In certain situations, a homeowners association may decide to levy a special assessment. Most homeowners are not amenable to this because of the unexpected financial burden. To prevent any misunderstandings between homeowners and the board, here’s what you need to know about HOA special assessments.
The Basics of HOA Special Assessments
Living in an HOA community comes with perks and privileges. You gain access to attractive amenities such as swimming pools, basketball courts, and gyms, as well as convenient services like landscaping, maintenance, and security. In order to pay for the maintenance and upkeep of these common areas, the HOA will collect monthly or quarterly assessments. However, many new homeowners are surprised when they are asked to pay for an additional fee called HOA special assessment.
What Is an HOA Special Assessment?
Compared to monthly or quarterly HOA assessments, HOA special assessments are one-time fees used to finance capital improvement projects. Ideally, HOA reserves fund capital improvement projects. However, not all associations are able to maintain adequately funded reserves. HOA boards may also decide to levy a special assessment due to significant property damage following a natural disaster. Since these events are unexpected, the association may not have saved enough to pay for the repairs and replacements.
Are Homeowners Required to Pay for HOA Special Assessments?
Yes, homeowners are legally obligated to pay HOA special assessments. Every HOA will have a section regarding special assessments written in their Covenants, Conditions, and Restrictions (CC&Rs). A standard Covenant to Pay Assessments will include the annual/quarterly/monthly assessment dues, assessments for rule violations, and special assessments. Upon joining an HOA community, homeowners sign a contract which means that they accept all the stipulations in their governing documents.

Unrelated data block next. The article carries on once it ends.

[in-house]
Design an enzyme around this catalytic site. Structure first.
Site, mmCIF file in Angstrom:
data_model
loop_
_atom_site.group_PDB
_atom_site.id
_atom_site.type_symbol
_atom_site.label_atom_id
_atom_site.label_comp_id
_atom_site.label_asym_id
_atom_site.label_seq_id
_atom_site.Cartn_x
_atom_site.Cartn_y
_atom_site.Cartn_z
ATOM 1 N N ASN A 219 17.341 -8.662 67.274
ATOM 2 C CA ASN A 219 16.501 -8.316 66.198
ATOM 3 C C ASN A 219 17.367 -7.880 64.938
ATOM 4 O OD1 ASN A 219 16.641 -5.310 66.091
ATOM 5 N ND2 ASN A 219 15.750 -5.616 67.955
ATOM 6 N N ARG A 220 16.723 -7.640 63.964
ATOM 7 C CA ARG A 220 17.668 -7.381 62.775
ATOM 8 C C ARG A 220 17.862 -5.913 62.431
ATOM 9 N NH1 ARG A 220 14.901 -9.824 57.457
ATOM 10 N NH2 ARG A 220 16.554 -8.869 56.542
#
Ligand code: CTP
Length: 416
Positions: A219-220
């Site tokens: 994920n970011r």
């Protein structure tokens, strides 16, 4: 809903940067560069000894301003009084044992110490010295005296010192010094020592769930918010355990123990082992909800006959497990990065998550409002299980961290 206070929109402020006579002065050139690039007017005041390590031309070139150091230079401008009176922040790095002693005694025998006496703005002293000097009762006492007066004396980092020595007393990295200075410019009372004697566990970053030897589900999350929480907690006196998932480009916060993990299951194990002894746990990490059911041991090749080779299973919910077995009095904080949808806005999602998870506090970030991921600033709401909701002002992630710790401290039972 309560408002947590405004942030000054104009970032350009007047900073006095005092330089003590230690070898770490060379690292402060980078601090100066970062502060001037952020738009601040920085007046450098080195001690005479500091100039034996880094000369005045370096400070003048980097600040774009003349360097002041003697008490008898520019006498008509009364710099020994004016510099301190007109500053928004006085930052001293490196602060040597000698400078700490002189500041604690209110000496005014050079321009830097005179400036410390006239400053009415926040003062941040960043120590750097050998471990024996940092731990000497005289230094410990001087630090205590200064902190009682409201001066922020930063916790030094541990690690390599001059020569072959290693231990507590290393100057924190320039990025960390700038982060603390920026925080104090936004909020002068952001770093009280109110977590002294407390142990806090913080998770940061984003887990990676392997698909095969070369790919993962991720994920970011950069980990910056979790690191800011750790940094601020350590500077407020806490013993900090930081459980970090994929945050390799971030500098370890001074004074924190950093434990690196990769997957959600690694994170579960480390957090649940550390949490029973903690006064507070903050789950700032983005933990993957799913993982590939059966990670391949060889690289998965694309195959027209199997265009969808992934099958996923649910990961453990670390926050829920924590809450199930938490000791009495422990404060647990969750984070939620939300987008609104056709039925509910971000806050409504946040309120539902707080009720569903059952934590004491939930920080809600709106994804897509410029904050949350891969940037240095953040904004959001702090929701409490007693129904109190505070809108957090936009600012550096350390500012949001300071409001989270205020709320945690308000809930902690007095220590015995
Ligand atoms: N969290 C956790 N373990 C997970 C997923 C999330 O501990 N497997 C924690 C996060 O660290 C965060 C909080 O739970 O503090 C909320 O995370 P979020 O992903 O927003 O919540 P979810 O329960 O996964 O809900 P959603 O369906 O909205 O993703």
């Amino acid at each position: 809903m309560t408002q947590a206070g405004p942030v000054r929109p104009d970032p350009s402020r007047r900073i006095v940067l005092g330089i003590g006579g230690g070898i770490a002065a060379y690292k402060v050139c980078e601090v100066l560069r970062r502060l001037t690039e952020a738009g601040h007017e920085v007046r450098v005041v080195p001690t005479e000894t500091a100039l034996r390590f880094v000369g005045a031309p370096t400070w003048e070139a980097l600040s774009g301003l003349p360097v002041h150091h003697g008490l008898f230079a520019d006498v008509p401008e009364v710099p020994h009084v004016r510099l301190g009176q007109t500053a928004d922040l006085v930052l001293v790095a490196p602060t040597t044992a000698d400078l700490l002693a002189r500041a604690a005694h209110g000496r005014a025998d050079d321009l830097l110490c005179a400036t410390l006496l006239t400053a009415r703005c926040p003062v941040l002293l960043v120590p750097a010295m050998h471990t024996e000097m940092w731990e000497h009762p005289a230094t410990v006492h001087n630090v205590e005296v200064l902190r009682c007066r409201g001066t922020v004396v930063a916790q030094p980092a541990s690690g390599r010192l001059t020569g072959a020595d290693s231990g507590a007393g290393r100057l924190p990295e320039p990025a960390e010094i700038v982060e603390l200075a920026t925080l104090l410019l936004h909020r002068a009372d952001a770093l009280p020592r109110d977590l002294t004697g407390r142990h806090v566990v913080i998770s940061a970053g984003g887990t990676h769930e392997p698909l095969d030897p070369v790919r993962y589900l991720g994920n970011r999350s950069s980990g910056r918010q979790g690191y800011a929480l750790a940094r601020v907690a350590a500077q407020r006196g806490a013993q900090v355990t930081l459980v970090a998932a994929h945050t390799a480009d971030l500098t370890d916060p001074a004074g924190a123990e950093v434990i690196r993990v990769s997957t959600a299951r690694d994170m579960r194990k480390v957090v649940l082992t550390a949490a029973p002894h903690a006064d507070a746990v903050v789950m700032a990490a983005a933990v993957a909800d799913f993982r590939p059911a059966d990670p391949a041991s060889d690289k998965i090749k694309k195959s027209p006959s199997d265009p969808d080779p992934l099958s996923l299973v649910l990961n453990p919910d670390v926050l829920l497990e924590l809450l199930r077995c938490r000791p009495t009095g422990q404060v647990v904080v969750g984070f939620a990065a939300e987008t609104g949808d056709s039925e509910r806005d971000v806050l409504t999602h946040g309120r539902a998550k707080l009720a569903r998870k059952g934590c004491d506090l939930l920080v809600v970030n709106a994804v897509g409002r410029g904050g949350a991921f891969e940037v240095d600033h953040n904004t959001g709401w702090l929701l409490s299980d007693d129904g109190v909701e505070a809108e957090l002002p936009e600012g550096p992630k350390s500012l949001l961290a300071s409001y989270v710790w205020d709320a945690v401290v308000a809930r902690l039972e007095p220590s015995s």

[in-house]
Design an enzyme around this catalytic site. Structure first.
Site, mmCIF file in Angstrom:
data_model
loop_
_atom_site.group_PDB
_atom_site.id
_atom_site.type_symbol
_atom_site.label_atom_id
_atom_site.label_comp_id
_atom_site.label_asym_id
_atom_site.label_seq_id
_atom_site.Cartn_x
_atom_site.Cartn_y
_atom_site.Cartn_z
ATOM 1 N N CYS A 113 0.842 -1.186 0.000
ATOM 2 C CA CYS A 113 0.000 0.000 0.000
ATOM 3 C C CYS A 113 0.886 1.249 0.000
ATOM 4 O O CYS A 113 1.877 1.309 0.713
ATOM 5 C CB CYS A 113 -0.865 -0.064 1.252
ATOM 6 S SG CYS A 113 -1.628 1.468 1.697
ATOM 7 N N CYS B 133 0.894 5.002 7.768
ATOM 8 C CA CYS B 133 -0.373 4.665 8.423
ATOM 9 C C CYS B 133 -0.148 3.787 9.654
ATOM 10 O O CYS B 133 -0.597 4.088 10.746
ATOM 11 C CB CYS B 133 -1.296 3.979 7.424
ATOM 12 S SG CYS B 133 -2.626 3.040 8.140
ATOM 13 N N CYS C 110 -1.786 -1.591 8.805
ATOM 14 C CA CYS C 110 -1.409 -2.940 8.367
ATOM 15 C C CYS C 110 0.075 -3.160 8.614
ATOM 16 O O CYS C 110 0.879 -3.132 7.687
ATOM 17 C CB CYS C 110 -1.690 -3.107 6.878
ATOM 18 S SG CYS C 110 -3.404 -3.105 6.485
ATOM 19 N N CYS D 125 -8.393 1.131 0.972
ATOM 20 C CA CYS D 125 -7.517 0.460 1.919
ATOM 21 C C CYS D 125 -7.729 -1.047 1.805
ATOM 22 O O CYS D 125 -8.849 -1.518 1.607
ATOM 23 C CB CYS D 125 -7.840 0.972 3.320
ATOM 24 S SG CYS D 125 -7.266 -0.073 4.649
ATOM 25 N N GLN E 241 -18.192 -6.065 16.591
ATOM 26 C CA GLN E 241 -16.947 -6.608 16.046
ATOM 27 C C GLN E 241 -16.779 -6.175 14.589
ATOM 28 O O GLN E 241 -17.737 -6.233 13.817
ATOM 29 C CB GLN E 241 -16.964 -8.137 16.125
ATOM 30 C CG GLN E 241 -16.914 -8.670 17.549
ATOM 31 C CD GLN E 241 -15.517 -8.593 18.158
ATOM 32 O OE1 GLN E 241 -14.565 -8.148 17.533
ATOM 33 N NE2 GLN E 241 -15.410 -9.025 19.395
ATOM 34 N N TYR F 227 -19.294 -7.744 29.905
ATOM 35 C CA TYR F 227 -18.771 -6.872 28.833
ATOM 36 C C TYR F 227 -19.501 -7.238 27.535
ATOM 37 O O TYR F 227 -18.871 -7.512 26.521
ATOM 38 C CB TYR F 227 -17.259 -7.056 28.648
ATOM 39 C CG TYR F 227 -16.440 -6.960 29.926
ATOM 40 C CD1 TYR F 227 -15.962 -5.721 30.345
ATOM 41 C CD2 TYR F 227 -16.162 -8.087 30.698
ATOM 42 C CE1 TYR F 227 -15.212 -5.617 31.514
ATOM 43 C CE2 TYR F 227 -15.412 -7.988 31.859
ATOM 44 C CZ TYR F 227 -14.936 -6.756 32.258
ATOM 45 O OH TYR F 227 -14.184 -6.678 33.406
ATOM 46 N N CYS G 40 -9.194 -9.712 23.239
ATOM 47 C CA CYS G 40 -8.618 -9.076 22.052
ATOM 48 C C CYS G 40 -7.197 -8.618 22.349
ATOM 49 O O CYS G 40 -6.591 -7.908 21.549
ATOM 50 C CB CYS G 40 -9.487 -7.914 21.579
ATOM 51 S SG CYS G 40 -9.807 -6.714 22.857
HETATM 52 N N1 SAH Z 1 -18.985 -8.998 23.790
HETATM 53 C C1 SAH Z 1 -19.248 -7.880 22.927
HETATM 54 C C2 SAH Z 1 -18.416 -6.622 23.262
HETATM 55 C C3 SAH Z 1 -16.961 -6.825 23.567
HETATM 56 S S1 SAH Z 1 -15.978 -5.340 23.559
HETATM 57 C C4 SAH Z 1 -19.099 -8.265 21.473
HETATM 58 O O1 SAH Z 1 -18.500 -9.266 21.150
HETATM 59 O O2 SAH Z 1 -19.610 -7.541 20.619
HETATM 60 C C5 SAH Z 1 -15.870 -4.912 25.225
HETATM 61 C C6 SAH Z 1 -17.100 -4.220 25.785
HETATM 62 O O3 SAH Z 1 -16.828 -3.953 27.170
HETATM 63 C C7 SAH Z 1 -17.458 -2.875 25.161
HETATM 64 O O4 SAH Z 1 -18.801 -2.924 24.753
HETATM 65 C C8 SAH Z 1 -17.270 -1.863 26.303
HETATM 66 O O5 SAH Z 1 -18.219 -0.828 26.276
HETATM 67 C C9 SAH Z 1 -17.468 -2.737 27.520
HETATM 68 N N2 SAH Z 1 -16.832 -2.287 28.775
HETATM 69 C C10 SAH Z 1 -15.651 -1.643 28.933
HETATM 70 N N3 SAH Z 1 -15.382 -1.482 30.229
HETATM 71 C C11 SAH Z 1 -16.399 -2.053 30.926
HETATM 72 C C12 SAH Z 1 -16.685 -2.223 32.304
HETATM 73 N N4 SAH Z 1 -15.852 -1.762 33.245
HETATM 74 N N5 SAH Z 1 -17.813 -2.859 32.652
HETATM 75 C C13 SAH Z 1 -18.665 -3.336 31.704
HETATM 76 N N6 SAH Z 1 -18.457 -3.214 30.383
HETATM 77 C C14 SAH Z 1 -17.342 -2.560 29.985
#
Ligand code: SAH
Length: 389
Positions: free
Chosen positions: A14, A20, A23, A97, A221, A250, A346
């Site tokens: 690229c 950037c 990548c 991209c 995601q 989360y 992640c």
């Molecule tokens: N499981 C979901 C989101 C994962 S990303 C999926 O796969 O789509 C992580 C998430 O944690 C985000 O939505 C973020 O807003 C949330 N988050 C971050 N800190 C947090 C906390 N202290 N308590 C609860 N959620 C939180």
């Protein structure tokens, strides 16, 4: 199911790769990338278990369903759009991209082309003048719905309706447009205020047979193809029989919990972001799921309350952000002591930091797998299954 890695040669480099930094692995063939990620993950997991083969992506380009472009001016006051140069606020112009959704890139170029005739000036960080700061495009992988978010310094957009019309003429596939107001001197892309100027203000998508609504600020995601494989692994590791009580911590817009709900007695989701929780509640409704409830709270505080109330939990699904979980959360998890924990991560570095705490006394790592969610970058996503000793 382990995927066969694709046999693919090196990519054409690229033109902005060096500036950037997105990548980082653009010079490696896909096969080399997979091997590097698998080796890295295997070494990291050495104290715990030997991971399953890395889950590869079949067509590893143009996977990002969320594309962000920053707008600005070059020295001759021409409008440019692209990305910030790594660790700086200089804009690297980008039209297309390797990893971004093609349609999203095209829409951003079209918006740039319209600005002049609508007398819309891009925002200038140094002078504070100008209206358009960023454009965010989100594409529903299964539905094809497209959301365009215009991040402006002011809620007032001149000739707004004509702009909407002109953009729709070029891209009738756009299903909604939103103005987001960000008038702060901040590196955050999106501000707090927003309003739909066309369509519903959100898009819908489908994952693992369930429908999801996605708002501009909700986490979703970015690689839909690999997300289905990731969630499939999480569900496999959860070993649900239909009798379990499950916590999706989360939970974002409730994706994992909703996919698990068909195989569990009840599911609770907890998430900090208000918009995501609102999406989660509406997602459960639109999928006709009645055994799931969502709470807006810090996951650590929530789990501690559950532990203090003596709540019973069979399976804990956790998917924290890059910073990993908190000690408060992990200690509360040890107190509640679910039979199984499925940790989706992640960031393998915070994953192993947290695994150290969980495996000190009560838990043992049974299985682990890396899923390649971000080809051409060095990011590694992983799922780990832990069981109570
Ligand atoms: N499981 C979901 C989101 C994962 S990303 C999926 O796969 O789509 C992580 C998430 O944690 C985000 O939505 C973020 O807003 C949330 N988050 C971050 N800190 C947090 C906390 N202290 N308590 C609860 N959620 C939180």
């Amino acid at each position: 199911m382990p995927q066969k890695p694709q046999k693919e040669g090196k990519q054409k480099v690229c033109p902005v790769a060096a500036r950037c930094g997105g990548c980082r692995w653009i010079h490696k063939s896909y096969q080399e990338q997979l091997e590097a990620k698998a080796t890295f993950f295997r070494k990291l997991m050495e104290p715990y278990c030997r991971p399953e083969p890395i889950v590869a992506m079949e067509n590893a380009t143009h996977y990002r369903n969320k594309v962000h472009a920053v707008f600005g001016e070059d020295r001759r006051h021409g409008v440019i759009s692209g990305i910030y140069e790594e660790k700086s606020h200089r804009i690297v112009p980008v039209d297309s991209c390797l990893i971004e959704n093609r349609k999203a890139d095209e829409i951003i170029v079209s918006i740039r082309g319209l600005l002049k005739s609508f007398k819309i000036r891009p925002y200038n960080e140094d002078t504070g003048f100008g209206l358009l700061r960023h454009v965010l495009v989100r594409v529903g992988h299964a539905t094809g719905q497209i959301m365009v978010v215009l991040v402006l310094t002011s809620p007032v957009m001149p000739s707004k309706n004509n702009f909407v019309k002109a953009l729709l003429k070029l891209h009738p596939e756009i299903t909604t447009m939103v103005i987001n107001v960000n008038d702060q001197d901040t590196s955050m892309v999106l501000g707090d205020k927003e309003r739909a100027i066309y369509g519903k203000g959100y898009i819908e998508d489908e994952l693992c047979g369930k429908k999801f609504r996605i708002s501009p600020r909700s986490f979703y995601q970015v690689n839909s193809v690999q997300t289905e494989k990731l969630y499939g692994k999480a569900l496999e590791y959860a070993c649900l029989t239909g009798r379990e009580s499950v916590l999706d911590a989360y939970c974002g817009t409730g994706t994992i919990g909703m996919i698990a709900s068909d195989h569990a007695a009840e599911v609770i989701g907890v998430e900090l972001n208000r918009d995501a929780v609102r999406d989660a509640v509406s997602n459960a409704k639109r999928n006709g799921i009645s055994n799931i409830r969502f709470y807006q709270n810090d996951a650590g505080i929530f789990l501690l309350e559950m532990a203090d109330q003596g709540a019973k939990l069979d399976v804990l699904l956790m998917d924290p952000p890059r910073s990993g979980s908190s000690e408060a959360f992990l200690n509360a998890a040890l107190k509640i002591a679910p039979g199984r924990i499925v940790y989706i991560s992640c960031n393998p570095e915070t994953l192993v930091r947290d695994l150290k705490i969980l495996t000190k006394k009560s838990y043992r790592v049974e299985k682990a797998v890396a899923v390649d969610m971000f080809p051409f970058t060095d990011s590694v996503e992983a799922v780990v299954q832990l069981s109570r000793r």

How Does a Special Assessment Work?
HOA boards must first send an HOA special assessment notice to inform homeowners of an impending collection. However, if the amount exceeds the HOA special assessment limit stipulated in the governing documents, the board must obtain approval from the homeowners.
For instance, the governing documents stipulate that special assessments must not exceed 5% of the total budget. If the HOA needs more than 5%, they must hold a meeting with quorum. The board needs a majority vote to proceed with the special assessment. Although, this requirement can be waived in emergency situations.
The board must send the HOA special assessment notice 30 to 60 days ahead of the established due date. After the due date, homeowners who do not pay their assessments within 15 to 60 days may be declared delinquent. The HOA can levy late fees and interest charges. They could also place a lien on delinquent homeowners’ properties.
How Are Special Assessments Calculated?
When the board collects a special assessment, the total amount must be equally divided among the homeowners. Each homeowner must pay the same rate.
Does Homeowners Insurance Cover Special Assessments?
If homeowners have loss assessment coverage, their insurance provider may cover the costs of HOA special assessments. Make sure to double-check with your insurance provider to avoid unexpected or surprise charges.
Reasons to Levy HOA Special Assessments